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Winter Cycling Don't let snow and ice discourage you this winter. The key element to year-round cycling is proper attire! Check out this winter cycling forum to chat with other ice bike fanatics.

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Old 09-13-03, 05:20 PM   #1
Scott P.
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winter cloths

What do you guys were in the winter. I live in North Carolina. It would most likely be 25-45 degrees farenhite. Any help is appreciated.
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Old 09-13-03, 05:36 PM   #2
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i think they wear clothes. if they were cloth than in a previous life they were a towel.
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Old 09-13-03, 06:29 PM   #3
RiPHRaPH
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the key is layering. stay away from cotton. pay special attention to the feet, hands and ears.
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Old 09-13-03, 09:57 PM   #4
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{in my rainman voise** ya...ya cotten sucks....
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Old 09-14-03, 04:07 AM   #5
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If its not raining, then dont wear a waterproof. Use cheaper, more breathable and comfortable windproofs. You need a winter weight windproof, with good wrist and waist seals, and a high neck. Polycotton, polyester or nylon microfibres are good.
Winter thermal layers dont need stuff like rear pockets, so use std hiking versions.
A sleeveles ,lighweight fleece "gillet" is a useful garment.
Use full gloves, neck-warmer tube, woolen socks with non-mesh shoes, and some wind-resistant leggings. Its easy to overdress, so start feeling too cool.
Donnt forget to take spare layers (eg a waterproof and/or jersey) if you need to stop or conditions deteriorate.
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Old 09-14-03, 09:41 AM   #6
Gordon P
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I curios to know where riders usually stash their layers while out on a long road ride. I have a rack on my commuter/touring, but nothing on my road & mtb bike. Using a backpack is uncomfortable and increases the amount of perspiration on my back - so is the only option a fanny pack?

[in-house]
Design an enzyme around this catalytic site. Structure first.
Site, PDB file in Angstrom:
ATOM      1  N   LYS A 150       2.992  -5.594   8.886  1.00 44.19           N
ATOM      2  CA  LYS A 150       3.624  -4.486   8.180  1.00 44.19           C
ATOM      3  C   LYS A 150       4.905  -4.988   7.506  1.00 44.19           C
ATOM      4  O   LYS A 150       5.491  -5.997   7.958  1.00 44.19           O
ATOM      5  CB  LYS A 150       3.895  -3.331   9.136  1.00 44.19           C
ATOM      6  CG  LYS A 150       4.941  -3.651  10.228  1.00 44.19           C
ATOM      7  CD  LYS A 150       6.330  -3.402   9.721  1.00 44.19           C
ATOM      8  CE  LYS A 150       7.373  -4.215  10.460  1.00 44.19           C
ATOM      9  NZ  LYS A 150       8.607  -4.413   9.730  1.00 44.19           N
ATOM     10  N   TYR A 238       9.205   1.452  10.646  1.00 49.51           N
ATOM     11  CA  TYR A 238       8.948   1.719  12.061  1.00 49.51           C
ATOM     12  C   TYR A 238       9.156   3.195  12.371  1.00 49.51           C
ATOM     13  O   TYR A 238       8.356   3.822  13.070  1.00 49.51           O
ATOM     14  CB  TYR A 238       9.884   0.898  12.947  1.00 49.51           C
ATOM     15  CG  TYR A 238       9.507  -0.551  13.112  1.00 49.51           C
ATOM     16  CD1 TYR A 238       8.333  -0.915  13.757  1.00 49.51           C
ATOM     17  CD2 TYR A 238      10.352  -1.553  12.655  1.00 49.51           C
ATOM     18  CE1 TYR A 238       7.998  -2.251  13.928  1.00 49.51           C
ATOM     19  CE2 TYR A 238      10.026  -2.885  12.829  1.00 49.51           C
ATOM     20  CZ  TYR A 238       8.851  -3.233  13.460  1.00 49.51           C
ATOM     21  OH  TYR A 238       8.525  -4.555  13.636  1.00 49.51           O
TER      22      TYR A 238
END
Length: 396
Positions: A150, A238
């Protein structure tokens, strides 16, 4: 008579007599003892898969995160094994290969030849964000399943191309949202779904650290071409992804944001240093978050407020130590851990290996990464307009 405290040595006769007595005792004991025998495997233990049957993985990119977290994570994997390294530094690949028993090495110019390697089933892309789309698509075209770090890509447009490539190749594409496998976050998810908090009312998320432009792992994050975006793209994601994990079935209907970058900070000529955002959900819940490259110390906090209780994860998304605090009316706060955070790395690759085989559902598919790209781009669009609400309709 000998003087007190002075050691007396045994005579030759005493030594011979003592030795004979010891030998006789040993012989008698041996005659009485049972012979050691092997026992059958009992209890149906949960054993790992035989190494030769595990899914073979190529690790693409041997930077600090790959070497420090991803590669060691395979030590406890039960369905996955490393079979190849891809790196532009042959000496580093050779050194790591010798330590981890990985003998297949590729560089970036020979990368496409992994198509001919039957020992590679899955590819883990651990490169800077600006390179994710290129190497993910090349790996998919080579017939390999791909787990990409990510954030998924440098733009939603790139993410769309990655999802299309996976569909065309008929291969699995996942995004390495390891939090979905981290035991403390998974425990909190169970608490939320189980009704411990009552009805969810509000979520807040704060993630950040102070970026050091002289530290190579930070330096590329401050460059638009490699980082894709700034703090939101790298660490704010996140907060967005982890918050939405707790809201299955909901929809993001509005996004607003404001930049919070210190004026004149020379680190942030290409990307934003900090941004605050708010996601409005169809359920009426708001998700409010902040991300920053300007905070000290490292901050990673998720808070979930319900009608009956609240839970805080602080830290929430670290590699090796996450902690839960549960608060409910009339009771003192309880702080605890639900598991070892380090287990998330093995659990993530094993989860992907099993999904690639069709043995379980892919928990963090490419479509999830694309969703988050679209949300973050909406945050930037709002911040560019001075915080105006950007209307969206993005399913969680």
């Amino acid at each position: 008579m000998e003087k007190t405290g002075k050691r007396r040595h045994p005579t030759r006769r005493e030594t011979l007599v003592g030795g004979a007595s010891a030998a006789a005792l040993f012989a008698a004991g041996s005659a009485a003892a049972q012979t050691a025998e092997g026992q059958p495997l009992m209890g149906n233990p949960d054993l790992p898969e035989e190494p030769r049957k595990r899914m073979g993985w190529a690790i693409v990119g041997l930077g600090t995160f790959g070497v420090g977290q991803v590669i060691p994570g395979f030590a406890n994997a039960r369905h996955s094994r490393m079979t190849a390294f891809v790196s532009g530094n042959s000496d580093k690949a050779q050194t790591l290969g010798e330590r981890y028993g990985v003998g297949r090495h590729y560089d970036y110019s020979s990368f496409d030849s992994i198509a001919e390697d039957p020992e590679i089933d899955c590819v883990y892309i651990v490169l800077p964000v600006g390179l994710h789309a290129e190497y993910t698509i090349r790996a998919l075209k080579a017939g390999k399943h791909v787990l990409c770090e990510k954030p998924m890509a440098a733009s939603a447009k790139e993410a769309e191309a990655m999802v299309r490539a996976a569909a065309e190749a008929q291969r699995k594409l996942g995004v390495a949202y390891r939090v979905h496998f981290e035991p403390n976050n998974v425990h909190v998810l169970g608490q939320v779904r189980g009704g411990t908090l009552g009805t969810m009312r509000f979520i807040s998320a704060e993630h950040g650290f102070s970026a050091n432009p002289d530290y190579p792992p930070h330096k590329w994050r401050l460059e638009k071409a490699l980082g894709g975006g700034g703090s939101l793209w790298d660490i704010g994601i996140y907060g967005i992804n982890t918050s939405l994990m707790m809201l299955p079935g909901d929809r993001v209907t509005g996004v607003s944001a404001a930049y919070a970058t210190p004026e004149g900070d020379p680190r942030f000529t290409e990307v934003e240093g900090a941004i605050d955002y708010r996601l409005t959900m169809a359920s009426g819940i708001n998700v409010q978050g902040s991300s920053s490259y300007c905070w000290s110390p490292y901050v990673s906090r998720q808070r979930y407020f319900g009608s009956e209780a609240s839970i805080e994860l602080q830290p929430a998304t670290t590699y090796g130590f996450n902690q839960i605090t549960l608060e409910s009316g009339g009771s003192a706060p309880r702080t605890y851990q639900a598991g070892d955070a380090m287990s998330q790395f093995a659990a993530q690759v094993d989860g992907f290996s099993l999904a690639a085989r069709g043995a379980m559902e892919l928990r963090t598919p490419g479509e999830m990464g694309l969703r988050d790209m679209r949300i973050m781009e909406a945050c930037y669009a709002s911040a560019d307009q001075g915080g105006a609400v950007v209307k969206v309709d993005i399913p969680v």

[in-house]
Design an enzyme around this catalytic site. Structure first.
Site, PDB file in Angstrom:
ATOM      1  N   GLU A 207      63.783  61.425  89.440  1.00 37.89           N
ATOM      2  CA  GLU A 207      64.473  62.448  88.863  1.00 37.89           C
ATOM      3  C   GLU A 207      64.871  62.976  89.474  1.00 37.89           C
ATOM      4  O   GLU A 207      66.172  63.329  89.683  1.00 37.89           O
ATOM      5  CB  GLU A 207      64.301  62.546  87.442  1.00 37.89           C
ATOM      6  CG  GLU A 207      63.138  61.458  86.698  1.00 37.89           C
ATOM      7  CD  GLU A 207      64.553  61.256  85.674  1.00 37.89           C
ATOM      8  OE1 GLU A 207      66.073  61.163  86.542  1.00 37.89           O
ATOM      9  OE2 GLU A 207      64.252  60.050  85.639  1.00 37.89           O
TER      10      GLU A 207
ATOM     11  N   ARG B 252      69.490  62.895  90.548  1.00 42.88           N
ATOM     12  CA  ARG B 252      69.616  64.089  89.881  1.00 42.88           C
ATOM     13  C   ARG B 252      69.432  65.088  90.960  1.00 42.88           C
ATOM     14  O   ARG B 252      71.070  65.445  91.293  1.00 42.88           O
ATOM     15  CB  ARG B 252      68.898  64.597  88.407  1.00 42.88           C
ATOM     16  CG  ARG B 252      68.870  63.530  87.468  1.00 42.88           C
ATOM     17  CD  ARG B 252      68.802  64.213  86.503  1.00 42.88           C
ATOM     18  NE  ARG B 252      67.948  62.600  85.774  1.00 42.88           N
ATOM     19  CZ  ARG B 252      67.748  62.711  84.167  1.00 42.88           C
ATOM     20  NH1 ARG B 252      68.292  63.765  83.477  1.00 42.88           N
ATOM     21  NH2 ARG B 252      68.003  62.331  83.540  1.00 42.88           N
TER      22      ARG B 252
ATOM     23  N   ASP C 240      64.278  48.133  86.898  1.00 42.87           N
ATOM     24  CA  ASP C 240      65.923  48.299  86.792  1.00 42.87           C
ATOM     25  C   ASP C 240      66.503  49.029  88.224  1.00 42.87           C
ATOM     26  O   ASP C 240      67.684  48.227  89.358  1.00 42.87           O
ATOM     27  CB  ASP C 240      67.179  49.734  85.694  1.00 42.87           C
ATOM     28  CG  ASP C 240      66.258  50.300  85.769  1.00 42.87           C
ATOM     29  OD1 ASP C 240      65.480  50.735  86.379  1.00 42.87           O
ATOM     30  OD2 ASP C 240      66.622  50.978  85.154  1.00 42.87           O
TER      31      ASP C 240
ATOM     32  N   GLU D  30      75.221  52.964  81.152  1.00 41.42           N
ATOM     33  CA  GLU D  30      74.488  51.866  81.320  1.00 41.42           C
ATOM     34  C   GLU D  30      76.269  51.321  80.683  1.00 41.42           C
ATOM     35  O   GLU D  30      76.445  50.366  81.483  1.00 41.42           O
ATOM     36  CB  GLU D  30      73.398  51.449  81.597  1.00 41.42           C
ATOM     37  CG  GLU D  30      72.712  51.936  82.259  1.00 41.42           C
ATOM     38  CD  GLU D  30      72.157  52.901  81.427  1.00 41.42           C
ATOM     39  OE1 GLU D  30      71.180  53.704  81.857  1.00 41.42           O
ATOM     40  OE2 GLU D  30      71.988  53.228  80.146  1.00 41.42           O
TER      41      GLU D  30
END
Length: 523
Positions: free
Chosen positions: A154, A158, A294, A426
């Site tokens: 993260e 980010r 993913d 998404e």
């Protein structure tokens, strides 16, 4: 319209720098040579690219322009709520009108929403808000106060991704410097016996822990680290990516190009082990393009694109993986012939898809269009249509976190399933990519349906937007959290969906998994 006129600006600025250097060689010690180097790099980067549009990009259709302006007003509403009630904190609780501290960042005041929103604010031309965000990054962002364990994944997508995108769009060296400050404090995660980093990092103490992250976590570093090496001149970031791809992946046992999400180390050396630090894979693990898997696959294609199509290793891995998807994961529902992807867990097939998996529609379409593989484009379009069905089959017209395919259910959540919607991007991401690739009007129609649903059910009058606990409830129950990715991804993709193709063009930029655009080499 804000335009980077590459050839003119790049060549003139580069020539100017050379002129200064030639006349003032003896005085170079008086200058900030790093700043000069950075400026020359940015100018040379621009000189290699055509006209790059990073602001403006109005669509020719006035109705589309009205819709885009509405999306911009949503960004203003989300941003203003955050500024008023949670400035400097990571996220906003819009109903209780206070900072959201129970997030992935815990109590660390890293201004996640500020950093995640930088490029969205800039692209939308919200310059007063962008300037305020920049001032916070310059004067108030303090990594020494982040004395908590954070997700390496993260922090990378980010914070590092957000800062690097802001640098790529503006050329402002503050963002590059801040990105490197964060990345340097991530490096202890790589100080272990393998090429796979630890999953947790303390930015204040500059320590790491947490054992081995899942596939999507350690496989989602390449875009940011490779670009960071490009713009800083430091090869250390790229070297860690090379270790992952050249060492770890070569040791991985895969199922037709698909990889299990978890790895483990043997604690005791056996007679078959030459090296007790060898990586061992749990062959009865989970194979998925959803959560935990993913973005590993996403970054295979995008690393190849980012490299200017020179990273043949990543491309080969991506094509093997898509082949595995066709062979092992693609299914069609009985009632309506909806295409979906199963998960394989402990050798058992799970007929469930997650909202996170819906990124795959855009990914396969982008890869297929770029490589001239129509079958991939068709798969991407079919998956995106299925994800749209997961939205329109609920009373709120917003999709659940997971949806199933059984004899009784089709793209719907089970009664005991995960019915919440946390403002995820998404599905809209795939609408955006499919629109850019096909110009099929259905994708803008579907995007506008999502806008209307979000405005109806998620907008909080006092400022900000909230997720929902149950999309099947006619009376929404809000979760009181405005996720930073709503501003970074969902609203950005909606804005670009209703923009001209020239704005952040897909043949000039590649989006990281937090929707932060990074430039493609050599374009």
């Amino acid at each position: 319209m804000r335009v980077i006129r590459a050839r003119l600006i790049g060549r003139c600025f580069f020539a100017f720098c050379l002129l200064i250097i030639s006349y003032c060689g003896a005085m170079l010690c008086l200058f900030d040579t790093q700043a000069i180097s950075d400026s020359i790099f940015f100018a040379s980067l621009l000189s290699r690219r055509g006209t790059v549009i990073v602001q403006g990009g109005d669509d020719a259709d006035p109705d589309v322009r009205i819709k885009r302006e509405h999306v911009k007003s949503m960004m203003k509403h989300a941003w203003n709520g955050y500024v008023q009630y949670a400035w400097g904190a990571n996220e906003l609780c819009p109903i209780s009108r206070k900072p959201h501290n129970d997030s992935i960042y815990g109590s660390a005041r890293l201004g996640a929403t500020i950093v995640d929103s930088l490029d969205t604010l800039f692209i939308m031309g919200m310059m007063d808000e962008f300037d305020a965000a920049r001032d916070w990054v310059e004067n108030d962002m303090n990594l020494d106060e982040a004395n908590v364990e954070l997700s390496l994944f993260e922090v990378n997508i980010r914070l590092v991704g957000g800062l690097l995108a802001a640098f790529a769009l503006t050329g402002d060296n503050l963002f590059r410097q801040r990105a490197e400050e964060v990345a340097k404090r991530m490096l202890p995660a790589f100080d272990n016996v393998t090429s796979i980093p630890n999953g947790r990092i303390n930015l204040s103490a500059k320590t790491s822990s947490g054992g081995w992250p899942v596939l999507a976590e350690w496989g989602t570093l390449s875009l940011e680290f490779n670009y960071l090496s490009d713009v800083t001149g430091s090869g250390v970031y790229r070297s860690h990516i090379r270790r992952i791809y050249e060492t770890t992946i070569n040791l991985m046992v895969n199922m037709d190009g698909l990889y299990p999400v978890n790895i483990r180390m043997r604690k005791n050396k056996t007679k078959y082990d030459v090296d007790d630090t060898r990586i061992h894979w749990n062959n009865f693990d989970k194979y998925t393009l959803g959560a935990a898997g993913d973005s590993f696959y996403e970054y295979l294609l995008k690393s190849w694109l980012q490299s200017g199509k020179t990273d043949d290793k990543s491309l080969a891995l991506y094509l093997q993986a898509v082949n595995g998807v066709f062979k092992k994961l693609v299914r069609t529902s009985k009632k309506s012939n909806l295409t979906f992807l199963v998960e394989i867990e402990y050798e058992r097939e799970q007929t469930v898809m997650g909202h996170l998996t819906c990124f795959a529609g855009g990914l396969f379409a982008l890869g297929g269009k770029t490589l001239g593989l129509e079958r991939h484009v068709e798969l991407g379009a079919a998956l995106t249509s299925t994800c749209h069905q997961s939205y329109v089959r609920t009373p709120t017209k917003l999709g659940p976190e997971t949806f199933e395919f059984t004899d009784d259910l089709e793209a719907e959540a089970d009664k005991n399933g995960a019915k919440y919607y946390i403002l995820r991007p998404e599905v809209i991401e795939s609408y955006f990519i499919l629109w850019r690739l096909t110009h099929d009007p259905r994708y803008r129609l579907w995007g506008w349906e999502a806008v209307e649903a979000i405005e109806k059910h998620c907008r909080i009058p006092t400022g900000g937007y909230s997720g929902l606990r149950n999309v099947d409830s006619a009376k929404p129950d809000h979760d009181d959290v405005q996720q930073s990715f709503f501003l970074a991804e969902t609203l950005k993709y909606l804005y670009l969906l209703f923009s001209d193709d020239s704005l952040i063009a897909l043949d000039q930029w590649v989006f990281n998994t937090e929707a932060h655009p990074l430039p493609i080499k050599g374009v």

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Old 09-14-03, 09:48 AM   #7
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I have wondered the same thing, Gordon. I have never been dedicated enough to ride in cold weather, but am planning on it this years.

In the spring/fall long sleeves or a jacket ma be good to get started but is too warm after 30-40 minutes. I have stowed the stuff in a saddle bag but they cannot hold much (tube, tools, phone, etc.).
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Old 09-14-03, 05:03 PM   #8
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When I was in France and riding up the Tourmalet or Luz Ardiden, most of the cyclists in my group would use a mussette bag/ aka messager bag to carry warm clothes for the summit time. I had a small aero. pannier and rack so I didn't use one but that is what I saw.

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Old 12-25-03, 05:16 PM   #9
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If your "cold" temps are around 45F, all you'd need are a pair of tights, a long sleeved jersey and a jacket. If your hands tend to get cold even in warmer temps, you might consider a pair of mini-gloves (those one you can buy for $1 at Walmart) under your regular cycling gloves.

If it gets a bit colder than that, you might consider a sweatshirt over your long sleeved jersey, and possibly light nylon toe covers or booties.

When it gets below freezing, that's when you have to start to get serious about what you wear out there.

Last February I rode a century. The ride started out at -32C/-25F and reached a high for the day of -25C/-12F. Here's what I wore:

Head:
- balaclava http://www.mec.ca/Products/product_...D=1065145178773
- headband
- scarf
- helmet (Bell)

Body:
- sports bra
- longsleeved Coolmax jersey (MEC)
- longsleeved fleece jersey (Nashbar)
- sweatshirt
- "fall/spring" vented jacket (a fabulous jacket I got from Nashbar - but I see they don't sell it anymore . . . pity!)

Hands:
- mini-gloves
- windproof mitts or ski gloves (I had to change these every so often to let one pair dry a bit) (Canadian Tire Where else! )

Lowerbody:
- cycling shorts (Nashbar or MEC)
- tights - fleece lined (Nashbar - very comfortable in cool weather)
- non-cycling knee length shorts
- windpants

Feet:
- "metallic" socks
- wool socks
- Sorel boots

I also used little heat packs in my boots to help keep my feet warm.

On less cold days, I wear my regular cycling shoes with neoprene booties. I did a 200K brevet in November 2002 that started at -12C/10F and peaked at 0C/32F with wool socks, regular shoes, and neoprene booties. I used those heat packs for the first 50K on that ride too.

I don't like to wear anything over my face - even in the cold temps I've mentioned above (and I've commuted to work in temps down to -40 too) - because scarves, masks, etc. cause my glasses to fog up, and I don't think that covering my face is really all that necessary. The skin on your face is pretty tough because it is exposed to the weather all the time. In the really cold temps, if I'm going to be out there for a few hours or more, I will smear my face with Johnson's & Johnson's Daily Protection Cream to prevent frostbite.
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